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Posted at: Apr 4, 2016, 12:39 AM; last updated: Apr 4, 2016, 12:39 AM (IST)

Hitting a roadblock

With Pakistan India can only hope for the best but be ready for the worst
Hitting a roadblock
Pak JIT’s visit to Pathankot may yield nothing.

CRICKETERS believe that if India and Pakistan were to play more games, it would help both countries to live in peace. They do not realise that at political and diplomatic levels too, both nations play games. This game is called one-upmanship, with surprise as an important element. 

Lately, this game has become frequent and intense. We had both prime ministers speaking to each other in whispers in Paris. That was followed by national security advisers and foreign ministers breaking bread with their counterparts. On Xmas day, Prime Minister Modi scored huge points with a surprise stopover in Lahore to greet his counterpart. A week later, Pakistani Jaish-e-Mohammad (JeM) fidayeen surprised us with a daring attack on the IAF air base in Pathankot. Now, it is the turn of intelligence agencies. While India hosts Pakistan’s Joint Investigation Team (JIT), Pakistan is hosting and feting (appears that way in the TV clip released by Pakistan) a former Indian Naval officer as a spy. 

The JIT visit to the Pathankot airbase will neither compromise our security nor make any dent on Pakistan’s policy of cross-border terrorism. On the plus side, it may lead to matching reciprocity and a small diplomatic advantage. On the minus side, China blocking India’s move to place ban on JeM chief Azhar Masood, the mastermind of the Pathankot terror attack, makes it obvious that Pakistan will take no action against him and his terror outfit. The Lashkar and Jaish perpetrators may feel encouraged with India’s soft, ethical response, which like the 26/11 case will lead nowhere. All this will carry some political cost for the Modi government within India.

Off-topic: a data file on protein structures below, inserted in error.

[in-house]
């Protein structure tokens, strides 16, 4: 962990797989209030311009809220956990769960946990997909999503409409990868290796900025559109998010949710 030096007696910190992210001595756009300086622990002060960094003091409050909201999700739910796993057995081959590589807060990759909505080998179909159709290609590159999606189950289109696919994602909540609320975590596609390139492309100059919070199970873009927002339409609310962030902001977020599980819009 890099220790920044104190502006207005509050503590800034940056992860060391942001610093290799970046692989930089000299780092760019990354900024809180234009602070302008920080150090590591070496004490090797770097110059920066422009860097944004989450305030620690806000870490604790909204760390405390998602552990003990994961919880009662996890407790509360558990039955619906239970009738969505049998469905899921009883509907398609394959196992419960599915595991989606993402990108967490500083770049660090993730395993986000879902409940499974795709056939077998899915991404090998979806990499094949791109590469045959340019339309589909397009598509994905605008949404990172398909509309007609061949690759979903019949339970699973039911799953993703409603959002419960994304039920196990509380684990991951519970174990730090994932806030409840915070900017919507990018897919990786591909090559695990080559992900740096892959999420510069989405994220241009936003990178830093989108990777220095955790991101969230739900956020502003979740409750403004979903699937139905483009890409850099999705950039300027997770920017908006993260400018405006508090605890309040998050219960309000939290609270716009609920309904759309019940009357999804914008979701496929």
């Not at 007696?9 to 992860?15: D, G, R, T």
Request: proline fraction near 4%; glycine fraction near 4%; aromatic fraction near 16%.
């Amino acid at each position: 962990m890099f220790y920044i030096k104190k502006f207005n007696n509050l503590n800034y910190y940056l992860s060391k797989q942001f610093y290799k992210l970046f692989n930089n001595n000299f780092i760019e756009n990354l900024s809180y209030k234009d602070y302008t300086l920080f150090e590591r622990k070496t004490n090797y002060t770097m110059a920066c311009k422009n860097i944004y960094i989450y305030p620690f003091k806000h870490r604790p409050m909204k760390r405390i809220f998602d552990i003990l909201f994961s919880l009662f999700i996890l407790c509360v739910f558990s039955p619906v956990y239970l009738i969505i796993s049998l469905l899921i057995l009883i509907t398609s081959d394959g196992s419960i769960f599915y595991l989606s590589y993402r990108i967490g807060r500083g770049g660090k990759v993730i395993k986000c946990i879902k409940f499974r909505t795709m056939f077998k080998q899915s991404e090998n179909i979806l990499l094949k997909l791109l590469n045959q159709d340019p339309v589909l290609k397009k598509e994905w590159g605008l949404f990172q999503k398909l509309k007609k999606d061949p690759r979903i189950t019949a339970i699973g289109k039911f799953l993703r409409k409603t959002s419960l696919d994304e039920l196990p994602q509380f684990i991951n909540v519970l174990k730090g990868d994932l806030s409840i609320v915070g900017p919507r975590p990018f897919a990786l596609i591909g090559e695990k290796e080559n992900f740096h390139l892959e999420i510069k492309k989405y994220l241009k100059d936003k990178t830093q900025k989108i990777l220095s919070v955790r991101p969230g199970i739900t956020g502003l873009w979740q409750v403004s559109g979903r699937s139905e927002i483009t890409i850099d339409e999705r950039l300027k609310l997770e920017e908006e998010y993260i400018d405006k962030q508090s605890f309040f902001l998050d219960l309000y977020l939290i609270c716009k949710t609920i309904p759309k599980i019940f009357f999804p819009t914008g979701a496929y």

The spy episode is intriguing, in the revealed details as well as its timing. The revealed details — former Naval Commander Jadhav’s presence in Baluchistan with an Indian passport, his video recorded confession and demeanour — are most unprofessional (for a spy) and unconvincing. Pakistani ‘respect’ for such a spy is hard to believe. I cannot forget the horrible treatment meted out to Capt Saurabh Kalia’s patrol in Kargil, and of Indian soldiers captured elsewhere. 

Its timing and publicity too raises questions. Was it timed by the Pakistani security establishment to force Sharif’s hand on Modi-Nawaz talks scheduled in Washington? Three days after the spy episode, Nawaz Sharif called off his Washington visit due to Easter Sunday’s terror incident in Gulshan-e-Iqbal Park, Lahore. Was it to cover its intelligence failure in the Easter terror attack? Or to scuttle joint investigation post Pathankot incident?

How will these tactical incidents impact Indo-Pakistan relations or India’s Pakistan policy? For this, we need to coldly assess what is happening within Pakistan.

From all accounts, it is evident that the Pakistan army remains Indo-centric and in control of Pakistan’s engagement with India. It challenged the Indo-Pakistan joint statement at Ufa, which gave primacy to counter- terrorism in our disputes. It forced the government to change tack and make Kashmir the number one agenda point. In recent months, it has been obsessed with ‘Indian interference in Baluchistan’.